As you can tell, treating trichotillomania is a complex and long process. It takes a lot of time, courage, and motivation on the part of the individual and a lot of training and experience on the part of the clinician. If you are someone who is suffering from trichotillomania, make sure that your clinician is using scientifically supported treatments. Ask them about the type of treatment they are using. If you don’t hear anything about increasing awareness, changing behaviors, or emotional regulation, their treatment may not be based on science. If they start using personal testimonials and wild theories to backup their treatment, or say their treatment cannot be evaluated by science, run away – they’re probably selling you snake oil.

I recommend using the Trichotillomania Learning Center’s list of health care providers to find individuals trained in scientifically supported treatments. If you are a health care provider wanting to learn more about these treatments, I highly recommend attending a Trichotillomania Learning Center Professional Training Institute and browsing through their clinical resources.

References:

Azrin, N. H., Nunn, R. G., & Frantz, S. E. (1980). Treatment of hair-pulling (trichotillomania): A comparative study of habit reversal and negative practice training. Journal of Behavior Therapy and Experimental Psychiatry, 11, 13-20.

Duke, D., Keeley, M., Geffken, G., & Storch, E. (2010). Trichotillomania: a current review. Clinical Psychology Review, 30, 181-193.

Franklin, M. E., Edson, A. L., & Freeman, J. B. (2010). Behavior therapy for pediatric trichotillomania: Exploring the effects of age on treatment outcome. Child and Adolescent Psychiatry and Mental Health, 4, 18.

Keuthen, N. J., Rothbaum, B. O., Welch, S. S., Taylor, C., Falkenstein, M., Heekin, M., Jordan, C. A., et al. (2010). Pilot trial of dialectical behavior therapy-enhanced habit reversal for trichotillomania. Depression and Anxiety, 27(10), 953-959.

Mansueto, C. S., Townsley-Stemberger, R. M., McCombs-Thomas, A., & Goldfinger-Golomb, R. (1997). Trichotillomania: A comprehensive behavioral model. Clinical Psychology Review, 17, 567-577.

Walther, M. R., Ricketts, E. J., Conelea, C. A., & Woods, D. W. (2010). Recent Advances in the Understanding and Treatment of Trichotillomania. Journal of Cognitive Psychotherapy, 24(1), 46-64.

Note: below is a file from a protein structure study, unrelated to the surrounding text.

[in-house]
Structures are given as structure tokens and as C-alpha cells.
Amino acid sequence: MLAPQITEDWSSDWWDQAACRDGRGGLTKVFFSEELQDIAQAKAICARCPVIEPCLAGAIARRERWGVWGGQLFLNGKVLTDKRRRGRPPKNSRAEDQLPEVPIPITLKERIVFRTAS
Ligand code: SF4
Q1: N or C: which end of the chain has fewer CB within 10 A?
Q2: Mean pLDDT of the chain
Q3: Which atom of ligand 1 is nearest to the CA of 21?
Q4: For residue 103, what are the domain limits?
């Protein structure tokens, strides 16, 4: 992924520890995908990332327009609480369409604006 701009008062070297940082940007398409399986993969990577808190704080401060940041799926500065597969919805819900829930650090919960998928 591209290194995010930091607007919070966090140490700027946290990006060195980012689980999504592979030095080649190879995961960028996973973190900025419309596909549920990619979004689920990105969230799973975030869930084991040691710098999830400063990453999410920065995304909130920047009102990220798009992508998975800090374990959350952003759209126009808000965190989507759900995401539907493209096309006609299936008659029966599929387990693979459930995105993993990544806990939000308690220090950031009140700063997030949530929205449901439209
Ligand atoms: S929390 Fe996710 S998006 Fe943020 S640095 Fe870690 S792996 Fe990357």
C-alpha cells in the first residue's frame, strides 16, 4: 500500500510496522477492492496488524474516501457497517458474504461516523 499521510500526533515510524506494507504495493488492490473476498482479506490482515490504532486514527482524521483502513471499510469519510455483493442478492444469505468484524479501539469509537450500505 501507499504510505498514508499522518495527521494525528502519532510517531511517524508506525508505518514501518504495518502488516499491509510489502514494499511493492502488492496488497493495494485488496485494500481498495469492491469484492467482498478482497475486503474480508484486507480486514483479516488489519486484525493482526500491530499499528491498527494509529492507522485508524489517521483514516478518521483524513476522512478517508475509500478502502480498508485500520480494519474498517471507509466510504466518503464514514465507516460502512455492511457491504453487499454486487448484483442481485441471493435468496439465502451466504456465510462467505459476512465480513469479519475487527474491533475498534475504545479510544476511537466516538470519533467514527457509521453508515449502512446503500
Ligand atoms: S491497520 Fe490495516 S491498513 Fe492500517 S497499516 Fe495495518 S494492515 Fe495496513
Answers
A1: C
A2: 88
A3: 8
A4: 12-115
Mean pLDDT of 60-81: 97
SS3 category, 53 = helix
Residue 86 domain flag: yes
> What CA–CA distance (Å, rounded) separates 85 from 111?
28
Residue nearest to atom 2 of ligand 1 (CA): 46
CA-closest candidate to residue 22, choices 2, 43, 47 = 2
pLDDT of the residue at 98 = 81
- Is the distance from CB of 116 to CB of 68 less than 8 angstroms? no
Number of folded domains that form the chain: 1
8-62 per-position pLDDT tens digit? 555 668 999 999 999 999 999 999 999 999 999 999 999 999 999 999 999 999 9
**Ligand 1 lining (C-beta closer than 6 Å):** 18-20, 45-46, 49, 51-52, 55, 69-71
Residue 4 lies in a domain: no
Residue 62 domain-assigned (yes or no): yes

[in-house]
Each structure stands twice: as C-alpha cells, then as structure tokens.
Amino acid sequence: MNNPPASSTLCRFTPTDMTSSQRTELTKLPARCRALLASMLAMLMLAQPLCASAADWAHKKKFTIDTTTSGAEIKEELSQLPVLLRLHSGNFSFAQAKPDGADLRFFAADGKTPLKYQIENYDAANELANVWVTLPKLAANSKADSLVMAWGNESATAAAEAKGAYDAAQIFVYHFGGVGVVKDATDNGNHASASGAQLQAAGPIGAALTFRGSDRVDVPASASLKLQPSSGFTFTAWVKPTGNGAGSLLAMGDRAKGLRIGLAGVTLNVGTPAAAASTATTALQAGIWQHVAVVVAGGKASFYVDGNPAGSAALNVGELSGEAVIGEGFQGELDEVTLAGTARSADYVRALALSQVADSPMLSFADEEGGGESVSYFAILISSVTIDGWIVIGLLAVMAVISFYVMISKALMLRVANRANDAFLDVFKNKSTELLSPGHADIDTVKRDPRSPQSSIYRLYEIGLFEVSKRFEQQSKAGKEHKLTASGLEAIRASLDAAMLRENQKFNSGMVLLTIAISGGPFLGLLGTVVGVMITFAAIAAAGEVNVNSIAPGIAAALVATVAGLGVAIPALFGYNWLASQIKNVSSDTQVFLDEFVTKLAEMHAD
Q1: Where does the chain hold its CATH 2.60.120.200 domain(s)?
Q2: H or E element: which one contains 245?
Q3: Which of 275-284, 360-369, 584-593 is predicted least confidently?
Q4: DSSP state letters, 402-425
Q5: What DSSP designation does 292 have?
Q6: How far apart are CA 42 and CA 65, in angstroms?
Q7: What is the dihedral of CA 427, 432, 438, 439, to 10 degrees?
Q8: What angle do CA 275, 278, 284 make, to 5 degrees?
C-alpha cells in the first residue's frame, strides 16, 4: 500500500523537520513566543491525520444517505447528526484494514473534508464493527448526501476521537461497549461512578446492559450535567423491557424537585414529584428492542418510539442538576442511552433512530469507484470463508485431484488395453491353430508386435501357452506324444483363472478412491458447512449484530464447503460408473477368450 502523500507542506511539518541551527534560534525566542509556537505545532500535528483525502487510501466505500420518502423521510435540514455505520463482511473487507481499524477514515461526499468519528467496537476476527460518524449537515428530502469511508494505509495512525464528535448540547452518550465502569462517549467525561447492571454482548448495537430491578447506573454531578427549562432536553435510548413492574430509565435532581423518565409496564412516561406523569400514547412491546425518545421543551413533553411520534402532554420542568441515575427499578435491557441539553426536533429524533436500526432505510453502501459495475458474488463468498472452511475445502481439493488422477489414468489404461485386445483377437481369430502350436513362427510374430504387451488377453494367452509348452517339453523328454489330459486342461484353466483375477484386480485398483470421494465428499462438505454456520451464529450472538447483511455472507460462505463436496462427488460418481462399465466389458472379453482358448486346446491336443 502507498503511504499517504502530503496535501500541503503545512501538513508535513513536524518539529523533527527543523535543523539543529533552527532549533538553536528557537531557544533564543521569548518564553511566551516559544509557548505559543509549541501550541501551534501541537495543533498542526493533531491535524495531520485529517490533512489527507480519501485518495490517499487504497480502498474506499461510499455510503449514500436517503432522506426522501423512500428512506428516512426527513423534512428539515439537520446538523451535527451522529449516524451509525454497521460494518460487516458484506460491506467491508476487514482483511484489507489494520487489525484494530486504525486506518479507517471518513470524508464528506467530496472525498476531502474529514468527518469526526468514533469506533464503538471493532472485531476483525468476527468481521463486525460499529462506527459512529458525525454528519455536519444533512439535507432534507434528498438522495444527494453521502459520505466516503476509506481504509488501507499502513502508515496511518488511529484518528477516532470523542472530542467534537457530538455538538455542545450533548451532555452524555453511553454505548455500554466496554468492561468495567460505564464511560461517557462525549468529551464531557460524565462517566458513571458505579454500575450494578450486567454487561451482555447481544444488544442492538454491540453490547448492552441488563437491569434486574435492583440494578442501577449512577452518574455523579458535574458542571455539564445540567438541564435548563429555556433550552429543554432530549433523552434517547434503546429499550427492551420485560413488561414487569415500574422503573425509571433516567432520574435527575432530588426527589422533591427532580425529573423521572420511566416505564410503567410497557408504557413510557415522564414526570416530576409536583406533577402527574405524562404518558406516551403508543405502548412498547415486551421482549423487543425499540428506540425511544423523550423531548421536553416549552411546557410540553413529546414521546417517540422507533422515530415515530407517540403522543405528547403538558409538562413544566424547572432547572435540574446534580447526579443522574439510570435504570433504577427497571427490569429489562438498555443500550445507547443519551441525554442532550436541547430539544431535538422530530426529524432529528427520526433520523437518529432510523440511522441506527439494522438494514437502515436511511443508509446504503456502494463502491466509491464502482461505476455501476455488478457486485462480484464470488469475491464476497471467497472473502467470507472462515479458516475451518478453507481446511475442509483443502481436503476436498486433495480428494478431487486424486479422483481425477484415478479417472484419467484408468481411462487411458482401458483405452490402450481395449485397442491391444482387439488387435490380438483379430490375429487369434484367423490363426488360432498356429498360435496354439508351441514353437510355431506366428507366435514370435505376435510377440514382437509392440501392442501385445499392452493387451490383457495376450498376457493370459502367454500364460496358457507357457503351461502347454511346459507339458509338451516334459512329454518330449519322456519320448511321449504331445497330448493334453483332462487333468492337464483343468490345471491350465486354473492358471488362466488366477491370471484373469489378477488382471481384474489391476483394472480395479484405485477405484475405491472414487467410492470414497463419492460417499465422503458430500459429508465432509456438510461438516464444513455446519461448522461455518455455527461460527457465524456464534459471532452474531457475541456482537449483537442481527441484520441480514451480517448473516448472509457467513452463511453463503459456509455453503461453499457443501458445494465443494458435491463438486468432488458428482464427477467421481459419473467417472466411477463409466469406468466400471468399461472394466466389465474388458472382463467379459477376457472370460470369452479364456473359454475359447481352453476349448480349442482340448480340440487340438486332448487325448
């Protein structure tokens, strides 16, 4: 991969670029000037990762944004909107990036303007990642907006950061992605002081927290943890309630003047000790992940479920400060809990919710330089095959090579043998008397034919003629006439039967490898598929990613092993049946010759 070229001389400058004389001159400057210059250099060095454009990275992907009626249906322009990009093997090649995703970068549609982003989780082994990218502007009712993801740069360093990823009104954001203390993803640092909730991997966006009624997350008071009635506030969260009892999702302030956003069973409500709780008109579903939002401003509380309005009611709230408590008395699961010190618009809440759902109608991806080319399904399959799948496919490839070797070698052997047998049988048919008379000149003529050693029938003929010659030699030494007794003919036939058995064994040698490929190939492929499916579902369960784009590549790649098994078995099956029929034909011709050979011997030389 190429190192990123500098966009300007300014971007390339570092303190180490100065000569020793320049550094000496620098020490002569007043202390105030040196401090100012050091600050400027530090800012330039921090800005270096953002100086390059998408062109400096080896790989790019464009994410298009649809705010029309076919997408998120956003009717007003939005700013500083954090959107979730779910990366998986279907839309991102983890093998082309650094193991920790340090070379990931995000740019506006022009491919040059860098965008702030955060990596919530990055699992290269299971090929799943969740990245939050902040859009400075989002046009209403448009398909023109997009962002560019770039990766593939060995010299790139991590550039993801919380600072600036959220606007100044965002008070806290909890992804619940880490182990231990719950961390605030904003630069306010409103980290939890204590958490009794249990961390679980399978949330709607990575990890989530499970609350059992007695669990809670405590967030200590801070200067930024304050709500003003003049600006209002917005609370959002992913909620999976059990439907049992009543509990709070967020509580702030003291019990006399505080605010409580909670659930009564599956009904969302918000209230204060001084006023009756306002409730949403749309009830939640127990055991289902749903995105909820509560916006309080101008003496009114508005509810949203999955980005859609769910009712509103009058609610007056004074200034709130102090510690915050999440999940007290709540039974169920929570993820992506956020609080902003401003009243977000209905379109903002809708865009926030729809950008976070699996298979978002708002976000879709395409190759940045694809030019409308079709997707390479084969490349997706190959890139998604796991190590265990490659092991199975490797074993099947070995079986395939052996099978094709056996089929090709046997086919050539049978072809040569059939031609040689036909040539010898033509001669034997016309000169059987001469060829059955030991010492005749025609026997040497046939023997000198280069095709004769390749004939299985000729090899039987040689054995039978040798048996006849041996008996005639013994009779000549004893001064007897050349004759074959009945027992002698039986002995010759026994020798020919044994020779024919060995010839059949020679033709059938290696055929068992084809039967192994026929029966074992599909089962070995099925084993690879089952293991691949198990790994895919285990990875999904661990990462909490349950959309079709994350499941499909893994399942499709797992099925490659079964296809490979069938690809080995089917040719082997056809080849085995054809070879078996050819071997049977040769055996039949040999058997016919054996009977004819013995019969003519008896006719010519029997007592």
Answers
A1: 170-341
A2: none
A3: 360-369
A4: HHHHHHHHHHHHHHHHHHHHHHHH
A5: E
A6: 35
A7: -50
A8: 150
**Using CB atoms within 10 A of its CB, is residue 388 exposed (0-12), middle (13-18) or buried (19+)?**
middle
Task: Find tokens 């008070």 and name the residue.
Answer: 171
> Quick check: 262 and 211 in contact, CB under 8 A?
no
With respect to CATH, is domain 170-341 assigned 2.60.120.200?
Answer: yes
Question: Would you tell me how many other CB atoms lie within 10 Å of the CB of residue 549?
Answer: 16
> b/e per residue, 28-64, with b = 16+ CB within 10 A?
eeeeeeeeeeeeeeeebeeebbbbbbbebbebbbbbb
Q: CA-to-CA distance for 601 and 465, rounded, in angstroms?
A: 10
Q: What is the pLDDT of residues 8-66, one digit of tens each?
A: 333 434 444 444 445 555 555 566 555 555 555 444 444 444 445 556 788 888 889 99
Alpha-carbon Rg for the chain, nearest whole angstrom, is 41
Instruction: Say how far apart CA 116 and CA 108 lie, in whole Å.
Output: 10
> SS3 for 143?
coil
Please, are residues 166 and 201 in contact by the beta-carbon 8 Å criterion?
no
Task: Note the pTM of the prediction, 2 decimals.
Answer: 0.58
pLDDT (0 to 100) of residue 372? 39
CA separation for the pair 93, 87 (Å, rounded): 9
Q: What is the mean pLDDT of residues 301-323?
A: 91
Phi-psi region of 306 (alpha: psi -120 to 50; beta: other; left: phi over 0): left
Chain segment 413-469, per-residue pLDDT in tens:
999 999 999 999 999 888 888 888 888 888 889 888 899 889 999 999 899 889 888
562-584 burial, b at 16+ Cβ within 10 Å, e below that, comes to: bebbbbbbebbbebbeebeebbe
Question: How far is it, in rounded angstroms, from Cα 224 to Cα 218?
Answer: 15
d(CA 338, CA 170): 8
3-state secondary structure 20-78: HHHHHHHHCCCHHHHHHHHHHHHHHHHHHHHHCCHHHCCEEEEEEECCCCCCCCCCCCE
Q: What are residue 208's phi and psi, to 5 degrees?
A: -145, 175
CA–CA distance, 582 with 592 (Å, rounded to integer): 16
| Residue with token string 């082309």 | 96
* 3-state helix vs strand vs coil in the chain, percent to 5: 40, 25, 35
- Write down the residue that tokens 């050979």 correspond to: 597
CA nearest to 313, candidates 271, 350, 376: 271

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Just Allergies…?

In my research I have been looking into John Kender’s idea that people with trichotillomania have a natural biochemistry irreversibly inclined towards certain allergic reactions. They are allergic to a normal yeast (Malassezia) that is found in the skin and gut of virtually everyone, but they react to it with itching and irritation and a need to remove the allergen. I have posted an insightful article below.

Trichotillomania and Dermatillomania: A root analysis

 with special thanks to Jeannette Johnson for her kind advice and attention. 

Hair roots contain sebum.  Sebum contains fatty acids and tryglycerides, and plays a role in some crucial body functions, such as hydration, inflammation, antioxidants, antimicrobial lipids, and pheromones.  Sebum levels increase during puberty and excessive levels of sebum are often associated with skin problems, making it relevant to skin picking and hair pulling.

Why is this so relevant?  You probably know that the body’s energy levels revolve around its production and use of insulin. a hormone which regulates fat and carbohydrate metabolism.  It is insulin which prompts cells to absorb glucose from the blood. In fat cells, glucose it is stored as triglycerides .. see above paragraph for relevance of tryglycerides.

A normal skin yeast, Malassezia, may be overgrown in people with trichotillomania and dermatillomania.  Overgrowth of malassezia is linked to higher levels of oleic acid in the sebum, which we think is caused by a delta 6 desaturase deficiency.  According to wikipaedia, Malassezia is related to most skin disease in humans, certainly to eczema and acne.  Malassezia growth depends upon the presence of fats, and sebum, which you will recall is present in hair roots.

Relevant Testing

Pickers and pullers may benefit from an essential fatty acid (EFA) analysis, particularly looking for elevated arachidonic acid and suppressed dihomo-gamma linoleic acid;  These  could contribute to a number of conditions such as irregular hormone production, insulin instability and prostaglandin problems.